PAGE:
Cyber Liability Insurance and Coverage and Dentists
Cyber criminals steal patient information from clinics, such as health histories, birthdates, banking information, credit card information, etc. (“Dental Practice Cyber Risk – Exposures & Protections” 2017; Oberman 2015). They utilize a variety of methods, such as utilizing malware to steal “the practice’s online banking user credentials,” using ransomware, “which is software that locks [the person’s] data and charges (‘extortion’) for a key to unlock the data,” and much more (“Dental Practice Cyber Risk – Exposures & Protections” 2017). They can use this information for profit by selling it “for a premium on the black market…” (Mearian 2016). Upon losing this information to them, dentists must pay high fines and penalties from the Health Insurance Portability and Accountability Act (HIPAA) and their state (Oberman 2015). On top of that, their patients may sue them (Oberman 2015). Clinics must encrypt their data on their computers and train their employees on preventing cybercrimes (Oberman 2015). However, when cybercrimes occur, cyber liability insurance policies help cover the costs related to these situations.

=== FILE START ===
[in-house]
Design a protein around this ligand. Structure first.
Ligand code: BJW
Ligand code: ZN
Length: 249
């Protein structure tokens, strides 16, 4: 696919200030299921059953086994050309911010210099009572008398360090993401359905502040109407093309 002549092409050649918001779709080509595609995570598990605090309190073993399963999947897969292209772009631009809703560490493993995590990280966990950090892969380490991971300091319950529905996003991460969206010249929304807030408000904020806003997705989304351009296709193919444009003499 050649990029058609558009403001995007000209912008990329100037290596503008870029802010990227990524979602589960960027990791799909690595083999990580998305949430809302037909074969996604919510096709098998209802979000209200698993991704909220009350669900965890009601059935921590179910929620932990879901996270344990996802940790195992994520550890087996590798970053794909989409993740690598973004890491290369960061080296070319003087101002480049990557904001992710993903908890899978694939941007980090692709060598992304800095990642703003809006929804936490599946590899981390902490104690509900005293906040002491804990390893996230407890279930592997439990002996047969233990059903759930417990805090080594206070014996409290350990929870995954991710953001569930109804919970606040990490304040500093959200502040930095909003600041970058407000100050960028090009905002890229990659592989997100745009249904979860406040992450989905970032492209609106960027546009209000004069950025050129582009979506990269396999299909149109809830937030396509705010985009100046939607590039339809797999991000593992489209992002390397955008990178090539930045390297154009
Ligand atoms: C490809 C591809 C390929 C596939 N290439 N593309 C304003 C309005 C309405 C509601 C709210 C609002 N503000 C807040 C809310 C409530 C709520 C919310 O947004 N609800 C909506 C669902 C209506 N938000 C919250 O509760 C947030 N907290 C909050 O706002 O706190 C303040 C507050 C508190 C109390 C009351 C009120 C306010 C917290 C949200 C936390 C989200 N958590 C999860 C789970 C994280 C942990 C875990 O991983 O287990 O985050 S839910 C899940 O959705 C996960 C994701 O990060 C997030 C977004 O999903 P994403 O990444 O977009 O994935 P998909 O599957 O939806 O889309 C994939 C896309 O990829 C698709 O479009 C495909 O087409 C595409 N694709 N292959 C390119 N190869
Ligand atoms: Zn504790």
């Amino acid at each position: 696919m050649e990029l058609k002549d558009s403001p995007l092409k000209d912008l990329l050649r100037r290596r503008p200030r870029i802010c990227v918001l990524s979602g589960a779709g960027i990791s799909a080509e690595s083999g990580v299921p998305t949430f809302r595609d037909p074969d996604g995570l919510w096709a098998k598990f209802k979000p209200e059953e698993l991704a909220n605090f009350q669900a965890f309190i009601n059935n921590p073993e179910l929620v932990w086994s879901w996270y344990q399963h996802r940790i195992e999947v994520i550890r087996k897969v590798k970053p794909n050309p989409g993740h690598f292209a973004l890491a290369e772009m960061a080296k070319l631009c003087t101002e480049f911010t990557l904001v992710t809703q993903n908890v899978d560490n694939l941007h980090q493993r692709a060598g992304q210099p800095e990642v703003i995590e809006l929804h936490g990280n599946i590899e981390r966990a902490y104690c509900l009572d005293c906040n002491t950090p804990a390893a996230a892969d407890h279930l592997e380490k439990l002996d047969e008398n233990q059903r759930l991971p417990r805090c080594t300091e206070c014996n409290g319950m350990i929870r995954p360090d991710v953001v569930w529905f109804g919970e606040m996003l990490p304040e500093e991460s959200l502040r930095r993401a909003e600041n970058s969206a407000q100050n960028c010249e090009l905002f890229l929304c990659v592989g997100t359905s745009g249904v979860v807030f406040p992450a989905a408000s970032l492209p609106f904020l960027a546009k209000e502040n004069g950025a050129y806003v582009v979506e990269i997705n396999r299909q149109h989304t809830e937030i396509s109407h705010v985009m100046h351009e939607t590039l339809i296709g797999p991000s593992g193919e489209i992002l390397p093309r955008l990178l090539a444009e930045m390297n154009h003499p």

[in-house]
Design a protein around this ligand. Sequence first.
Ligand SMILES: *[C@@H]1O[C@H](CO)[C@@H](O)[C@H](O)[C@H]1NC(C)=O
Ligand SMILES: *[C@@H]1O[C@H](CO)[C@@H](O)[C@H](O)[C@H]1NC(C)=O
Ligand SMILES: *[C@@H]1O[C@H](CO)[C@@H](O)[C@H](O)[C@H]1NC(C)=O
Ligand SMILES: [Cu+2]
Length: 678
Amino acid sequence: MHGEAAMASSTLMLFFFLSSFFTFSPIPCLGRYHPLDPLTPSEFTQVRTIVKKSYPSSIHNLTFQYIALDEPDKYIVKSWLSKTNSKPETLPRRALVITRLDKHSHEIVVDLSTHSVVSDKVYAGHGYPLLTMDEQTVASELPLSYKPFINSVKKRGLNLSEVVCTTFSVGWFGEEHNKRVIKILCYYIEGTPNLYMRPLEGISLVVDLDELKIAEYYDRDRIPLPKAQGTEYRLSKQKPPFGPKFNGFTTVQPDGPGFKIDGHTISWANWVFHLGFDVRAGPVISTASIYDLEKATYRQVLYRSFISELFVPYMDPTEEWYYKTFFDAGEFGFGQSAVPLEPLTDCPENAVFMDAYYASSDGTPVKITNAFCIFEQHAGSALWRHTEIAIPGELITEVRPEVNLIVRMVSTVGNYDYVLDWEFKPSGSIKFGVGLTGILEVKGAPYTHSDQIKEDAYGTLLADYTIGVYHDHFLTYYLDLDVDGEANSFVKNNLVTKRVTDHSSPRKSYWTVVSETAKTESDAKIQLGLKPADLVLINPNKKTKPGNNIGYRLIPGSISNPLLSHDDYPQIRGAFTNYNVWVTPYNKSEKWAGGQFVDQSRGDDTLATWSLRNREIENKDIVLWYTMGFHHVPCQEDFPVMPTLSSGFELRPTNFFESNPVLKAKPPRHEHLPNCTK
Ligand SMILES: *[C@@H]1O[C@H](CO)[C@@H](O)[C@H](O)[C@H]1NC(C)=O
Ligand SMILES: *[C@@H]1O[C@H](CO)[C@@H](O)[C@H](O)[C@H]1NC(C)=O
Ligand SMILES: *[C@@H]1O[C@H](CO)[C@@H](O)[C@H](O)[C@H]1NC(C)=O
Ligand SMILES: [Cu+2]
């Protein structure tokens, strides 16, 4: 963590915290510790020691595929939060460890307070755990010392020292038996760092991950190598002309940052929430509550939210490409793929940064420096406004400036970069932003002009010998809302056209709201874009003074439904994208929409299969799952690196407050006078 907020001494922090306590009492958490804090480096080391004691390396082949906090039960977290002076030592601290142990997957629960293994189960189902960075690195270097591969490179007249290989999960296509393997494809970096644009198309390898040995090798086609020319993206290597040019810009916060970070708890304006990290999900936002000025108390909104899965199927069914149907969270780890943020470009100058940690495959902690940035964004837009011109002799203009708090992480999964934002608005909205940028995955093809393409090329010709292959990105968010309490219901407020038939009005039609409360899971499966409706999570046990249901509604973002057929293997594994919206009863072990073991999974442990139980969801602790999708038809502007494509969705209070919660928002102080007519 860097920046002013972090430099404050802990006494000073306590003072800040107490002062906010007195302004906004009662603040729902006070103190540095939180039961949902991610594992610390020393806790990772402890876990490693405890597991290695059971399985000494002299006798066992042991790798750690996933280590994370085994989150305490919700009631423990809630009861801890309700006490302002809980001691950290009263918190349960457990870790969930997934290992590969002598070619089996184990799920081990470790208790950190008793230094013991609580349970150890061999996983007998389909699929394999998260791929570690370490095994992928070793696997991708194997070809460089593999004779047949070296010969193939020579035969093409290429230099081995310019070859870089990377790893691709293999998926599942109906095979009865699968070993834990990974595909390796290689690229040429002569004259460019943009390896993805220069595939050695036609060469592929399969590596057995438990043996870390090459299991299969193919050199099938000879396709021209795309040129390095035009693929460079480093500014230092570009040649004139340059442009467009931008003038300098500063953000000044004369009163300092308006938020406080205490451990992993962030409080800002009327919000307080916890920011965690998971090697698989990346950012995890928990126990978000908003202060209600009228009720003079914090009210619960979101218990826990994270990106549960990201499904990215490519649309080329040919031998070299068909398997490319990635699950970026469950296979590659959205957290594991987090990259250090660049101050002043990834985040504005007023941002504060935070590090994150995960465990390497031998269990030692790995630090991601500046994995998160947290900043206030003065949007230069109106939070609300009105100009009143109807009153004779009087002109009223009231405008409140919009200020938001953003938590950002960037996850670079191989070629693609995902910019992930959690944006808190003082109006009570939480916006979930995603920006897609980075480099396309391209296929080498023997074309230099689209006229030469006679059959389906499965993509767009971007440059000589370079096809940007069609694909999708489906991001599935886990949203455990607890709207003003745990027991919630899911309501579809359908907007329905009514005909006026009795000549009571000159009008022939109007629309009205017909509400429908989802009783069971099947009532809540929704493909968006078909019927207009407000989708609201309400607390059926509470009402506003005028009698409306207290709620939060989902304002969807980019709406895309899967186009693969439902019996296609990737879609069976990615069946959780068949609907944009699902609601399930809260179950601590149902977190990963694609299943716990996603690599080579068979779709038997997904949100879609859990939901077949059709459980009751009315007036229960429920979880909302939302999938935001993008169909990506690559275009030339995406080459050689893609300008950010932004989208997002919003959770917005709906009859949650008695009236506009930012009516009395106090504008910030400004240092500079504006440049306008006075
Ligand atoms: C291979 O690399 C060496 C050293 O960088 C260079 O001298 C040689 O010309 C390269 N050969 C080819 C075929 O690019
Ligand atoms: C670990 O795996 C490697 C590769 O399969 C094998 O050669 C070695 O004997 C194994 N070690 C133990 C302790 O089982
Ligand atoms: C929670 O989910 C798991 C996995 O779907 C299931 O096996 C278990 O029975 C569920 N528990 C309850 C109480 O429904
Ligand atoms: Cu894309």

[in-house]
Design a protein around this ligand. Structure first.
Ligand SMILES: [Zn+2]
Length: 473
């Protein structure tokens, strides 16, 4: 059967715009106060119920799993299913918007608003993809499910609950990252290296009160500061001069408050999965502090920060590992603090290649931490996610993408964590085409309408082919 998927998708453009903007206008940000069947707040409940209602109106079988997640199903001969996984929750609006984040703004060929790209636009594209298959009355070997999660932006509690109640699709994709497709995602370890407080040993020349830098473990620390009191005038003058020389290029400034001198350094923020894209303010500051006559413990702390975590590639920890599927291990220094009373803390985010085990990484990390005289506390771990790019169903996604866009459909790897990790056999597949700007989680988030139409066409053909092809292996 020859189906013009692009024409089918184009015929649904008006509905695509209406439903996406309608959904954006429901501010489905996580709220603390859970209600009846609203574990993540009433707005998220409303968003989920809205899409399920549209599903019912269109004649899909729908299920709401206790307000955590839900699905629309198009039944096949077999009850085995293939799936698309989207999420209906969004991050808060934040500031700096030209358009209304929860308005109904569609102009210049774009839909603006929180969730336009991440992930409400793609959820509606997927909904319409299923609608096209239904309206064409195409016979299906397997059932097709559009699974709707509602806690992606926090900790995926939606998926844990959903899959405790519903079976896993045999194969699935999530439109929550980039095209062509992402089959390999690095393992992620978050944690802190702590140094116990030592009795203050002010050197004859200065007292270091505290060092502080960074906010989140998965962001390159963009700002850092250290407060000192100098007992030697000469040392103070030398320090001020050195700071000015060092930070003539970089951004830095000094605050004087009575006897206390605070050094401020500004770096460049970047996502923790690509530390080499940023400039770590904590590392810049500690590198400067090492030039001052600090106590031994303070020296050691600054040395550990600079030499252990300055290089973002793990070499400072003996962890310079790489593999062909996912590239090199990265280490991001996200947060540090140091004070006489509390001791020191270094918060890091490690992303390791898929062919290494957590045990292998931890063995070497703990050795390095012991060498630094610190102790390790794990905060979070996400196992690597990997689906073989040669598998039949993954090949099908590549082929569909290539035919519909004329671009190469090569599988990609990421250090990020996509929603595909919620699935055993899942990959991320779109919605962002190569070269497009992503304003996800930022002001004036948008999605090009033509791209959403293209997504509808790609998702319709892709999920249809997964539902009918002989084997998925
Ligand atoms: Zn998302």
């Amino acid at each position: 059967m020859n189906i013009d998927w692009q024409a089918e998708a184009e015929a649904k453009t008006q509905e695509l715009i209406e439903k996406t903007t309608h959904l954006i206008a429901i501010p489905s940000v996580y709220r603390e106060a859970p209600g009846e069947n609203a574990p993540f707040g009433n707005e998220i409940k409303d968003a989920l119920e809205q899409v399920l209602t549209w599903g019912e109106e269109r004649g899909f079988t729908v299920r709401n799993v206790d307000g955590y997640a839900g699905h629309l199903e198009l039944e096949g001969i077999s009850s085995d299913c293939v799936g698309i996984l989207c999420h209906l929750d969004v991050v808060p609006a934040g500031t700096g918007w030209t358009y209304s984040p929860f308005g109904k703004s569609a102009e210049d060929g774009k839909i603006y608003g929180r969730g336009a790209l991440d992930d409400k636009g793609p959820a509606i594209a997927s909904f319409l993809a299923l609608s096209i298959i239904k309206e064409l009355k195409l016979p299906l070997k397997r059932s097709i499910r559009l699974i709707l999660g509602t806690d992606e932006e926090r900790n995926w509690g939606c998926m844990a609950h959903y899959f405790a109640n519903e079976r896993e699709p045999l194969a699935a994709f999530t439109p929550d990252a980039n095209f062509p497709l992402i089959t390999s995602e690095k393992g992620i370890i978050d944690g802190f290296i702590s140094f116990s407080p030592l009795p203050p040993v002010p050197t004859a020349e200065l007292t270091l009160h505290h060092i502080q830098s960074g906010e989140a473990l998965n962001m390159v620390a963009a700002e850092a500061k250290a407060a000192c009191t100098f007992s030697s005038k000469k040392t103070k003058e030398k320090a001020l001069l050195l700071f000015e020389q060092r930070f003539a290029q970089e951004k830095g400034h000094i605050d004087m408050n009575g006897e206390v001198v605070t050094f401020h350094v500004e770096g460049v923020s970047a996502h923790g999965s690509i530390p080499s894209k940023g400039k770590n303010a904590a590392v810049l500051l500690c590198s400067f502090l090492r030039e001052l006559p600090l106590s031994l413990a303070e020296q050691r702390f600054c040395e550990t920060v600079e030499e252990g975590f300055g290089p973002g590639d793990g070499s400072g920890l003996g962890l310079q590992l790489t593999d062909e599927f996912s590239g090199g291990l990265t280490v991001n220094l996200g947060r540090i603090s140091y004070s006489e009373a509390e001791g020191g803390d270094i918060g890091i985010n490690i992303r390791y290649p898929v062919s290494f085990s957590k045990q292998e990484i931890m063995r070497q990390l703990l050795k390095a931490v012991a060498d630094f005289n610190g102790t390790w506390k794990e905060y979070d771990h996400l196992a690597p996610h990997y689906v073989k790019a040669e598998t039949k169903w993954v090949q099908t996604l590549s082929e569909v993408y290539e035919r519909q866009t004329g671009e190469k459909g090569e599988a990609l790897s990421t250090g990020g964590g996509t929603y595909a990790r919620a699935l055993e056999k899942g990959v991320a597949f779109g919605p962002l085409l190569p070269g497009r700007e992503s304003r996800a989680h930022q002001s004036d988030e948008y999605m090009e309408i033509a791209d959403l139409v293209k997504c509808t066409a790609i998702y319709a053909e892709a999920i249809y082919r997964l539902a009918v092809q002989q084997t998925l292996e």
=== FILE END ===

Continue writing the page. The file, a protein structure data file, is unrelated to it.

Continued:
Cyber liability insurance covers a variety of items and events when dealing with the aftermath of cybercrime. Business insurance policies usually do not pay for incidents related to cybercrimes (“Cyber Liability / Data Breach Insurance”). Consequently, clinics must enroll into cyber liability insurance separately so that their policy could “cover the cost of investigating a theft, compensate the insured for all state and federal fines and penalties imposed, and fund all related lawsuits and legal fees, thus relieving the dentist of the financial and time burdens imposed by the security breach” (“Cyber Liability / Data Breach Insurance;” Oberman 2015). Also, dentists may possess Cyber Liability coverage from their Dental Professional Liability Insurance (Insurance Innovations 2016). With this coverage, dentists also may not have to worry about the costs related “to [notifying] third parties (e.g. patients) that their private medical information has been breached or compromised” (Insurance Innovations 2016). In addition, policies usually limit coverage of credit monitoring services up “to 12 months from the date of enrollment in such services” (Insurance Innovations 2016). Regarding information stolen by cyber criminals, cyber liability insurance “covers expenses to recover and/or replace data that is compromised, damaged, lost, erased, or corrupted” (“Cyber Liability / Data Breach Insurance”). Other aspects of cyber liability coverage include events of copyright or trademark infringement, libel, slander, cyber extortion, and cyber terrorism (Insurance Innovations 2016).
Cyber liability insurance can alleviate the costs related to cybercrimes for dentists. They can cover many of their expenses so that dentists do not have to worry about spending too much of their budget. Albeit, beneficiaries still need to make their practice secure from cyber criminals because they not only need to “comply with requirements established by the insurance companies,” but also protect their patients’ information and privacy (Lenok 2016).